It seems like a no-brainer. An internal combustion engine burns dwindling reserves of fossil fuels to propel a car forwards in a cloud of poisonous smoke. A fuel cell, on the other hand, uses the most abundant atom in the universe to silently drive powerful electric motors. The exhaust emissions? Pure, drinkable water.
Hydrogen sounds almost too good to be true, like something out of a Sixties sci-fi paperback. But from where I’m sitting – the driver’s seat of a Toyota fuel cell vehicle, about to fill it up at a motorway fuel station – the future seems to have arrived.
I’m using the UK’s newest hydrogen pump, opened this week at Cobham services on the M25. It’s the unlikely epicentre of a green revolution. This isn’t the first hydrogen filling station in the UK, but it’s the first on a motorway, the first on a public forecourt, and the first one that might actually encourage private buyers to choose a hydrogen car.
It’s built, owned and operated by Sheffield-based energy tech company ITM Power, which has worked closely with oil giant Shell to bring the project online. This welcome addition to the M25 is ITM’s third such site, and one that the firm is clearly very proud of.
“It’s a great moment for ITM,” says CEO Dr Graham Cooley. “We’ve been planning this for a very long time.”
The hydrogen installation itself is fairly nondescript, a small cluster of machinery located a few metres to the south of Shell’s main canopy. I slip the Mirai into a parking space, marked ‘H2’, in front of the pump, unsure of how far a hydrogen hose is happy to stretch. It’s a bit reminiscent of the LPG pumps that threatened to become popular a decade ago, albeit much more slick.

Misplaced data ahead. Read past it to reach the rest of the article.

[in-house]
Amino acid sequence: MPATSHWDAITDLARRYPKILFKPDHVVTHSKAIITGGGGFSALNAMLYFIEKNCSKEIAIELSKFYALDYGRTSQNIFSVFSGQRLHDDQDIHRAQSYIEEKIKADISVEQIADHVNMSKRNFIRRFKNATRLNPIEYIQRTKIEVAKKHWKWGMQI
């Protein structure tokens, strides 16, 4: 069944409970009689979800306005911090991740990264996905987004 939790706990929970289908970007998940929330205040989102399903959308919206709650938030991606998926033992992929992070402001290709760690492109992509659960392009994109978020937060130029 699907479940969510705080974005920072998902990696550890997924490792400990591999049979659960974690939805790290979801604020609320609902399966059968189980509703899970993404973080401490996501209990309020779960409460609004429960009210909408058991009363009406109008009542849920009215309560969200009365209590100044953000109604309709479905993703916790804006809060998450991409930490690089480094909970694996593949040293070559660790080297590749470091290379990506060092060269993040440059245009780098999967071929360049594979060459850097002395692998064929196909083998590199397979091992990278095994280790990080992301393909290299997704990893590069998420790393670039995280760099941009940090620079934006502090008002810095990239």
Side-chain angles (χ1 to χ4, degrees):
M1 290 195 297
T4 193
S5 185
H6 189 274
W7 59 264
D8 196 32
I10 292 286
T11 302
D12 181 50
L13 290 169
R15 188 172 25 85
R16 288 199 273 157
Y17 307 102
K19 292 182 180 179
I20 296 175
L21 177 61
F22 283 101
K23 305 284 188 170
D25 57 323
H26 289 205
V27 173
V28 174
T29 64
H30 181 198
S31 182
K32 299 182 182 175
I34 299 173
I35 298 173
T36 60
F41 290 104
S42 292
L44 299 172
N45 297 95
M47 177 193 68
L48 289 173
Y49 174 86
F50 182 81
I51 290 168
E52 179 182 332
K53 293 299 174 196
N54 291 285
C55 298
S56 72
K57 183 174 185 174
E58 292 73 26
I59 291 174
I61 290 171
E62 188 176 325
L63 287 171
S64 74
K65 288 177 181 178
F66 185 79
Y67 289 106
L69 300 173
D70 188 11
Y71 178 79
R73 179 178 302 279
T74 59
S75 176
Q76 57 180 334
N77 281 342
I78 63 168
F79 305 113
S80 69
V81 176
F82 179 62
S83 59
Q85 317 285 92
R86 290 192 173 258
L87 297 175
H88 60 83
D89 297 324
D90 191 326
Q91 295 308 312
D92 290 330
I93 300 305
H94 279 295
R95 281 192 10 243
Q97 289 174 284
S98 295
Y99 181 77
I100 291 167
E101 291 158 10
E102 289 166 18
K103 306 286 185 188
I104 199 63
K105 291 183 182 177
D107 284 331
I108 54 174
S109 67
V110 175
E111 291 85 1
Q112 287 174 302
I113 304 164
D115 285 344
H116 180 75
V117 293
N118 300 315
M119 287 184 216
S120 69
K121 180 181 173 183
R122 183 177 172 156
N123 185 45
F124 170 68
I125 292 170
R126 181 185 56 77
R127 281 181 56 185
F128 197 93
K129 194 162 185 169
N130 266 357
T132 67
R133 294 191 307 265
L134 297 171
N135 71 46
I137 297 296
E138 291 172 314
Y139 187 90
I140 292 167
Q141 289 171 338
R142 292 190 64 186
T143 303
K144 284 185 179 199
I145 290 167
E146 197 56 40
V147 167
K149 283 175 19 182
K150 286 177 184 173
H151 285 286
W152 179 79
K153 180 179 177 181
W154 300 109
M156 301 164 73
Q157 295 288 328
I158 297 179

A small payment machine sits adjacent to the pump. I give it my special charge card, tap my pin number into the touchscreen, and after a few moments I’m ready to refuel.
The hose itself is armoured, with quite a heavy nozzle. It has a unique unwieldiness but is easy to attach to the car, and is far cleaner than anything on the fossil fuel side of the forecourt. The interface between the car and the pump is also more intelligent than most motorists are used to – an infrared connection allows the filling station to communicate with the tank in a way that improves both safety and efficiency.